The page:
BetOnline will have a plethora of props for all four days of the Masters, the most prestigious event in golf. Part of it involves the head-to-head matchups that people crave. And there are some others that add a little spice to the event.
Among golf's four “majors,” the Masters, co-founded by golfing legend Bobby Jones, is the new kid on the block.
Yet it has the most mythology going for it.
Let's talk about some of it.
When they tee it up on Sunday, there will be a lot of talk from the CBS announcers about “Amen Corner” and the effect it is going to have on the tournament. When it comes to something called nerves,which tend to produce shakier knees than otherwise, its impact has to be magnified threefold.
So what is this “Amen Corner” and where does it lie on the Augusta National course?
Well, first of all, let's talk about WHY it is Amen Corner. Allegedly, its origin came from a song, as it was referenced by a Sports Illustrated writer – well, incorrectly as it turned out -but it was called “Shoutin’ in that Amen Corner.”
To what was he referring? As per his description, it encompassed the second half of the 11th hole, the first half of the 13th hole, and all of the 12th, all of it connected to the presence of Rae’s Creek, which naturally created difficulty for the field of players, going all the way back to the 1930s.
That was a little awkward in terms of “packaging” it for legend's sake, so ultimately, in the interest of simplifying things, it takes up holes 11, 12 and 13. And believe us when we tell you, they are all difficult enough.
All you have to do is ask Jordan Spieth, who is currently one of the hottest players in the world. He emerged victorious in the Masters in 2015, then the next year , going after back-to-back titles when he held a five-stroke lead after nine holes on the final day. Then disaster hit. First he bogeyed the 10th hole.
Then he headed into Amen Corner.
After another bogey at the 11th, Spieth came to the 12th, a Par 3, and hit his tee shot twice into the creek. The result was a quadruple-bogey which led to him slipping out of the picture, as Englishman Danny Willett captured an upset victory.
Spieth has had success at the Masters; in seven tournaments, he's got a victory, two ties for second place, a third-place finish,and a tie for 11th.
And you can bet that in all of those strong efforts, his heart was beating a little faster when he got to Amen Corner, especially on Sunday.
BetOnline knew some of the players were going to falter, and that there's nothing like final-day pressure. So they drew up some special Amen Corner-related props specifically for Round 4 (Sunday) action.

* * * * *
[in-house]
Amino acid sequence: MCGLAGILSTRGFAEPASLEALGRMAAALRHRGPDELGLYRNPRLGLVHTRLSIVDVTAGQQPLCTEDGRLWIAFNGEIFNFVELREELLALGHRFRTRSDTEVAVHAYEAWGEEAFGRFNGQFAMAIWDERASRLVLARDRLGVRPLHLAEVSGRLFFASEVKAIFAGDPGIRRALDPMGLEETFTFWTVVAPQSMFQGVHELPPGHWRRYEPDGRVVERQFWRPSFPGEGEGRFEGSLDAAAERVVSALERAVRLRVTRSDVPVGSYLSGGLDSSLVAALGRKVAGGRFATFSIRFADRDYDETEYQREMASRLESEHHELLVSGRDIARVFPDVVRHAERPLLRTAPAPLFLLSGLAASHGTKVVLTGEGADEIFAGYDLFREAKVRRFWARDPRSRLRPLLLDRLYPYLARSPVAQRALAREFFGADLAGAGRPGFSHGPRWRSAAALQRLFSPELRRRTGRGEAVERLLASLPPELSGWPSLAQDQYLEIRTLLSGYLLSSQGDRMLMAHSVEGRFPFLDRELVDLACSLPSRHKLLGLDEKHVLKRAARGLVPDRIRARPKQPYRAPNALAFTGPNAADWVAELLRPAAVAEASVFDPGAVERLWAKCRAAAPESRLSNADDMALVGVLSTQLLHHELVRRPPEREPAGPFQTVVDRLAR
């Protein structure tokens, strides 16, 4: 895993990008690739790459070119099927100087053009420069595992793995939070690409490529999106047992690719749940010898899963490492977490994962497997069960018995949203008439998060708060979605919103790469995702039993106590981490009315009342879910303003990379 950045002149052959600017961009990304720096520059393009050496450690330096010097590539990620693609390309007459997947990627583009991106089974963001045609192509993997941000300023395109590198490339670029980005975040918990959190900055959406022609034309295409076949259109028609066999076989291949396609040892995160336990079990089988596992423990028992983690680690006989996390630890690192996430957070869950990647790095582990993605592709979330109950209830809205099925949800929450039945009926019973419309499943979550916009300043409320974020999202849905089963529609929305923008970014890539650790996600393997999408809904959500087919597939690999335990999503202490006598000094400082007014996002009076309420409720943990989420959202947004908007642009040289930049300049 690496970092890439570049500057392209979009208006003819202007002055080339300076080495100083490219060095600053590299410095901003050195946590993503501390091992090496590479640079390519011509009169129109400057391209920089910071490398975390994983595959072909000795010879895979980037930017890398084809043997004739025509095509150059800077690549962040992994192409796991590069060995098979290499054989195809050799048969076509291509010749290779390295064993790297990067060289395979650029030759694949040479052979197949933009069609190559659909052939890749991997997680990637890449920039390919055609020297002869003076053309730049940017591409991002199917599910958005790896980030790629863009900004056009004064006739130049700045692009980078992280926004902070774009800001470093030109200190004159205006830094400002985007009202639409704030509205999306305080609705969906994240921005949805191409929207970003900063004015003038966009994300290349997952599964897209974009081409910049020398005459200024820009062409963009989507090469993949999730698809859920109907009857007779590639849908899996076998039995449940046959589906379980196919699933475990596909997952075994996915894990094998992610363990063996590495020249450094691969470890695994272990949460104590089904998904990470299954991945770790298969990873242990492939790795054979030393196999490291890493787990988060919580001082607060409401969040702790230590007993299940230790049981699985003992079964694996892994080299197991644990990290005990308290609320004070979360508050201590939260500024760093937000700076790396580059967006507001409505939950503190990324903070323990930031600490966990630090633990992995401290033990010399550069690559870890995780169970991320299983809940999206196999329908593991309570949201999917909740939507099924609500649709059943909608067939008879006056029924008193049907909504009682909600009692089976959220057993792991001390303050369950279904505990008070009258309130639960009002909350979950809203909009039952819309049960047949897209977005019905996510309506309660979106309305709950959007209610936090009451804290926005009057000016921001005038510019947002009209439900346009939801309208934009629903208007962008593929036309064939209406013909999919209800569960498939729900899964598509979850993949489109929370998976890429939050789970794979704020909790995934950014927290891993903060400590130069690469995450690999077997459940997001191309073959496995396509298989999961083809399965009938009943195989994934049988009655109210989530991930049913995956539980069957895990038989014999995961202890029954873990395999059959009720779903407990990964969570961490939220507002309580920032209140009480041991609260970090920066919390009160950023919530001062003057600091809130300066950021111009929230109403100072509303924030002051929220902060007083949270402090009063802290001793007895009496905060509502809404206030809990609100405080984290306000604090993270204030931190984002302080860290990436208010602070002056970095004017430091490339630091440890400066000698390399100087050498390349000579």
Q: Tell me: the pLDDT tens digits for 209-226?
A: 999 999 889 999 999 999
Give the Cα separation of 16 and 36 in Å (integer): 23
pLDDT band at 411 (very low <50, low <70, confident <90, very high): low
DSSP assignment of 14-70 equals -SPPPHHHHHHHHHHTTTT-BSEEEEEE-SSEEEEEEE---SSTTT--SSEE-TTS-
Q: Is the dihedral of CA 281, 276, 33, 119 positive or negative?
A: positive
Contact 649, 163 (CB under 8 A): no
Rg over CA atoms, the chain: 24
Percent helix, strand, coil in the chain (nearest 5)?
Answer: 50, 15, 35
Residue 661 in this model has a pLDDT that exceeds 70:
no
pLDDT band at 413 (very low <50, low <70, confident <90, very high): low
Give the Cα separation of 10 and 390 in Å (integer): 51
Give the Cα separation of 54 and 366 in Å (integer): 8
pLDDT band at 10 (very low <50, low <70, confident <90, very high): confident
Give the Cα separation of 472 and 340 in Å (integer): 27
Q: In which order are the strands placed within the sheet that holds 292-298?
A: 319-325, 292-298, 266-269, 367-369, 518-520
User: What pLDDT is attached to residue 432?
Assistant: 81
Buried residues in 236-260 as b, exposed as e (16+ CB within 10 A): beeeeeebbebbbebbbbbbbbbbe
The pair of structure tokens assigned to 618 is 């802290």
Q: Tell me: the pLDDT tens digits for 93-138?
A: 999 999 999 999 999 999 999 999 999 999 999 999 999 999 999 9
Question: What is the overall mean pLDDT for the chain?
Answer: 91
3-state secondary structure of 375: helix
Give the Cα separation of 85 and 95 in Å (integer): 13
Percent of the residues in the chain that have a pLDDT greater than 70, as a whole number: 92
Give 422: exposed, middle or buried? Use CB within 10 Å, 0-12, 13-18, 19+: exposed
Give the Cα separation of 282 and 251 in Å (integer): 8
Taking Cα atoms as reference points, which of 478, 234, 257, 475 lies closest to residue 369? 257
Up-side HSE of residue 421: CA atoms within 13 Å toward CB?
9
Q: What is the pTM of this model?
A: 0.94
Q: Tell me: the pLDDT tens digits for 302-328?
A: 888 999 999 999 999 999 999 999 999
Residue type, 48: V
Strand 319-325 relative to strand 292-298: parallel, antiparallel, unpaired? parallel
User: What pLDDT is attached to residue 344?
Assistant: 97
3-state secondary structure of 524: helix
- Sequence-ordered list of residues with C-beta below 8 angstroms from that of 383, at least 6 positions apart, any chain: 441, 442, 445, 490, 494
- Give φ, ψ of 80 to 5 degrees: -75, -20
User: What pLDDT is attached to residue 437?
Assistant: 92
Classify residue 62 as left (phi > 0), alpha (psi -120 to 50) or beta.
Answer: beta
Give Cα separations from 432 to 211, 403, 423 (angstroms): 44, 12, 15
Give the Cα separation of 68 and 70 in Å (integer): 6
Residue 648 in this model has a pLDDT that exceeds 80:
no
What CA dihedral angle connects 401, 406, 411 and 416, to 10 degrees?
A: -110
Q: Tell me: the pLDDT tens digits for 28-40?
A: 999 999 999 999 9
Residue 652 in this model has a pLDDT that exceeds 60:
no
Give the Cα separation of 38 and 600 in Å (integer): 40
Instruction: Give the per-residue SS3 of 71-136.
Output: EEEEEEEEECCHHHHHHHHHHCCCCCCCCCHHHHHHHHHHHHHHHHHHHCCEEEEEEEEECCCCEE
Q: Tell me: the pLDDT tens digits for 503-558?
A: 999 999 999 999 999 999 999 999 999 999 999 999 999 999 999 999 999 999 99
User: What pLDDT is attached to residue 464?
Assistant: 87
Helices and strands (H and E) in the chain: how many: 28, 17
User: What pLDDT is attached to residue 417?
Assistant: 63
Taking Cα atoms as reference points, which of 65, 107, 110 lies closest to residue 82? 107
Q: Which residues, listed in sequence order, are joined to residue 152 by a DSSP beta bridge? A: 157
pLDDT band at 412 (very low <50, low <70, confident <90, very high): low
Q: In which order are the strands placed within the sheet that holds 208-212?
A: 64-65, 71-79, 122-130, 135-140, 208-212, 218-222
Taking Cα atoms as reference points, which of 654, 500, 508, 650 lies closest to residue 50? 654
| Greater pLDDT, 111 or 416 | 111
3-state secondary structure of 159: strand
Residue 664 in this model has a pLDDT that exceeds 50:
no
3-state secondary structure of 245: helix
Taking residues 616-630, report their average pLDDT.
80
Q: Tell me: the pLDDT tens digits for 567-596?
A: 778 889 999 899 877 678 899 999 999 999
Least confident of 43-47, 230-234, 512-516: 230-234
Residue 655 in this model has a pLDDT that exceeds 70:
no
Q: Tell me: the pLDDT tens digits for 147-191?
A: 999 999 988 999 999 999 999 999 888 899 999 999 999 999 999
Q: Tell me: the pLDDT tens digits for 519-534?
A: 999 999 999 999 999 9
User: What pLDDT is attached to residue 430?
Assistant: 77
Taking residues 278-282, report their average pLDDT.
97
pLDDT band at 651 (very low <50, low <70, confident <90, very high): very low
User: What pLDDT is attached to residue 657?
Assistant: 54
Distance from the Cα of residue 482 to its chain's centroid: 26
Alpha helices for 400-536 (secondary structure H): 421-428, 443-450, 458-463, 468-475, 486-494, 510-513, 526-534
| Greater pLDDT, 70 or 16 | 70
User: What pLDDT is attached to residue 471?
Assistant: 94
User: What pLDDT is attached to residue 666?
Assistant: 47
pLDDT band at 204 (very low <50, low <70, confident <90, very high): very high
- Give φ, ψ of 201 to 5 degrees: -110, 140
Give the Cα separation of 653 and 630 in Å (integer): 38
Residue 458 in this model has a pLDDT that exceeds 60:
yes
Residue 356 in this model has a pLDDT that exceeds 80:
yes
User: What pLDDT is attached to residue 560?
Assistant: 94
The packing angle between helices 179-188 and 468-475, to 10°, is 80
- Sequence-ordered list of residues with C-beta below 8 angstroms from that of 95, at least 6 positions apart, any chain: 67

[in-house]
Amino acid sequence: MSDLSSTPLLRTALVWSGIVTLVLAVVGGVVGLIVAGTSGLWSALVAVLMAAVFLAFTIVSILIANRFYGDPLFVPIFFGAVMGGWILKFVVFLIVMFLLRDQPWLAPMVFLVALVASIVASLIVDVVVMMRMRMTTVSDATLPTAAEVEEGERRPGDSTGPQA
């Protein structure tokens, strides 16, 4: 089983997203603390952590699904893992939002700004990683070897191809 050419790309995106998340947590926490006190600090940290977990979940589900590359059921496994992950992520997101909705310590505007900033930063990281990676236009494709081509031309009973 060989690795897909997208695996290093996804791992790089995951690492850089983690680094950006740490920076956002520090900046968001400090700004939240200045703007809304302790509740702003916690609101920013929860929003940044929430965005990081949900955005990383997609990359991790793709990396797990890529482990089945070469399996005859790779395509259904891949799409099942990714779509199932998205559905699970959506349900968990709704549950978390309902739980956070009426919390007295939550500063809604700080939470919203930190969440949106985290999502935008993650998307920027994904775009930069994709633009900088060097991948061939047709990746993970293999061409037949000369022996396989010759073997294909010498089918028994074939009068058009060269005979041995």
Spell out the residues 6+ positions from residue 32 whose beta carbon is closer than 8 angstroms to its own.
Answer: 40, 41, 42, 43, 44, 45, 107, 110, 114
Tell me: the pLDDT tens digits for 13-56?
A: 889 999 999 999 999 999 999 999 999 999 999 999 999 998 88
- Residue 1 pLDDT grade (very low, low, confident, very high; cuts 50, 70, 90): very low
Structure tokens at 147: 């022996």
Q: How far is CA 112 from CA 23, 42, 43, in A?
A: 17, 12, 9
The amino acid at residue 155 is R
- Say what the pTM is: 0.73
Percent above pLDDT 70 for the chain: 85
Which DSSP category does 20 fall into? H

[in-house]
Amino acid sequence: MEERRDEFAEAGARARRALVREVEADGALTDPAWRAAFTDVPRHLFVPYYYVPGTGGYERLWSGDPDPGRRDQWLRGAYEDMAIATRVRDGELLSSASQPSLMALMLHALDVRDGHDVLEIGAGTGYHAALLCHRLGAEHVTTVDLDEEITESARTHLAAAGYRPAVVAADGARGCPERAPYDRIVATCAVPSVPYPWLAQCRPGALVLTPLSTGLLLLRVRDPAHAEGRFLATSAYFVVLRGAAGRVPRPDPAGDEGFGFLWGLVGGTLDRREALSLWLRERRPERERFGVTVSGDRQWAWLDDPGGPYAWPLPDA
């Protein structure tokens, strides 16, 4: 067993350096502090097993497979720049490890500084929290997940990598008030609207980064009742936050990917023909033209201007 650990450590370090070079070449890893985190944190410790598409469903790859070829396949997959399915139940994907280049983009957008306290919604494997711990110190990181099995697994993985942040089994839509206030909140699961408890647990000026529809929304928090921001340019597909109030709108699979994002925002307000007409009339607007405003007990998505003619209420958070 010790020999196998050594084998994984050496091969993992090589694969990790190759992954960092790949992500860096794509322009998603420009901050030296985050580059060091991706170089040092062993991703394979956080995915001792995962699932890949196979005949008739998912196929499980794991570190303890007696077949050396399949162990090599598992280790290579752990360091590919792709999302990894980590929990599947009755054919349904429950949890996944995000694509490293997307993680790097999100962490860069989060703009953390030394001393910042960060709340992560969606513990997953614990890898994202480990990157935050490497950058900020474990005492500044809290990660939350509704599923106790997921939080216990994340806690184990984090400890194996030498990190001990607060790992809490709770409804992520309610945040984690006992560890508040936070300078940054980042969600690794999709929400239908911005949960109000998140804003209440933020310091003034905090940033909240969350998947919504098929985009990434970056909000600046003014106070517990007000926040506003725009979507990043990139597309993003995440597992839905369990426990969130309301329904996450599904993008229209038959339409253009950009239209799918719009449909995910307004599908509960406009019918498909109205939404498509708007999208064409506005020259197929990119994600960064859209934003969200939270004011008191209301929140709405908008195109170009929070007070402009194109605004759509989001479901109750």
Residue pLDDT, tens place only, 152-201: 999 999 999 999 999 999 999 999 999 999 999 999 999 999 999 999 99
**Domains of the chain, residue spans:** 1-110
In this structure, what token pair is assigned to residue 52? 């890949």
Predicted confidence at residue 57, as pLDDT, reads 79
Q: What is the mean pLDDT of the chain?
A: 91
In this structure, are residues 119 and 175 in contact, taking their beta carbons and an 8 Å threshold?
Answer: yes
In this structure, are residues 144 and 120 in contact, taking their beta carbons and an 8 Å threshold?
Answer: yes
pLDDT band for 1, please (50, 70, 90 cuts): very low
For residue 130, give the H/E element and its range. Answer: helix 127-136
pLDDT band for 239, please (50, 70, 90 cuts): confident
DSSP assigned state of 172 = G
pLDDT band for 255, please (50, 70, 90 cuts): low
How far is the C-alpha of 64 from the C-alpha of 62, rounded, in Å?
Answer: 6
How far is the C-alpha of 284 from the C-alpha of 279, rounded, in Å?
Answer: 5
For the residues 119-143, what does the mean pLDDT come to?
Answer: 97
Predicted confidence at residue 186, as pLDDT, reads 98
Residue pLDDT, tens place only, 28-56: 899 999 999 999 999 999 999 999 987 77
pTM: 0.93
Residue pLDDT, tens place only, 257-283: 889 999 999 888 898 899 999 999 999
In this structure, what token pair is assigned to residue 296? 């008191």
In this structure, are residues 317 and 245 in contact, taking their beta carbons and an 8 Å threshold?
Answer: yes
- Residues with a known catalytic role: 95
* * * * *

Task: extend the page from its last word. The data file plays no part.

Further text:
Here is one of them:
Balls in water on the 12th in R4 (Round 4)
Over 2.5 Balls -190
Under 2.5 Balls +145
Yes, I would go “over” here, and the price reflects it.
Tom Weiskopf would have an opinion on this, I imagine.
Weiskopf was a great player. He won the British Open and finished second at The Masters four times. But by 1980, his best days at the majors were behind him.
This can't be an ideal example for a Round 4 prop, because Weiskopf's first round in 1980 dictated he wasn't getting that far. When he got to the Par 3, 115-yard 12th, part of Amen Corner, he was confident and hit his eight-iron onto the green, at which point it spun back and into the creek. He then proceeded to hit the ball into the water five more times.
Eventually he got the ball onto the green and into the hole. That it took 13 strokes to do it made him part of a club he'd rather not be a part of, tying the record for highest score on a single hole at The Masters.
Did he learn much from his mistake? Well, it depends on how you look at it. He shot the ball into the water twice on the 12th hole the next day. But at least he made a 7.
Here's another Sunday prop:
Will the leader find water on the 12th in Round 4?
Well, Spieth could bear witness to the possibilities here. But as for whether the leader himself will find such misfortune again, it's a longshot at best.
Along these lines, another prop may find your interest:
Most Strokes Recorded on Any Hole
Over 8.5 Strokes -250
Under 8.5 Strokes +175
Again, refer to Mr. Weiskopf. Or Tommy Nakajima. Or even Sergio Garcia, the 2018 Masters champion, who recorded a 13 on the 15th hole the next year (and missed the cut).
They all got their “love” at one time. But not on that day.
You simply CAN'T enjoy The Masters to its fullest without checking out all the props that are available at BetOnline……. You don't have to just bet on who's going to win; you can pick a guy in a head-to-head and root him on (ESPN the first two days, CBS the next two)……. Or you can connect with any of dozens and dozens aof off-beat and even crazy propositions that will ALWAYS keep you in the action!……
Don't forget that you can open up an account in every conceivable way. That includes cryptocurrencies like Bitcoin, so there is simply no excuse not to get involved!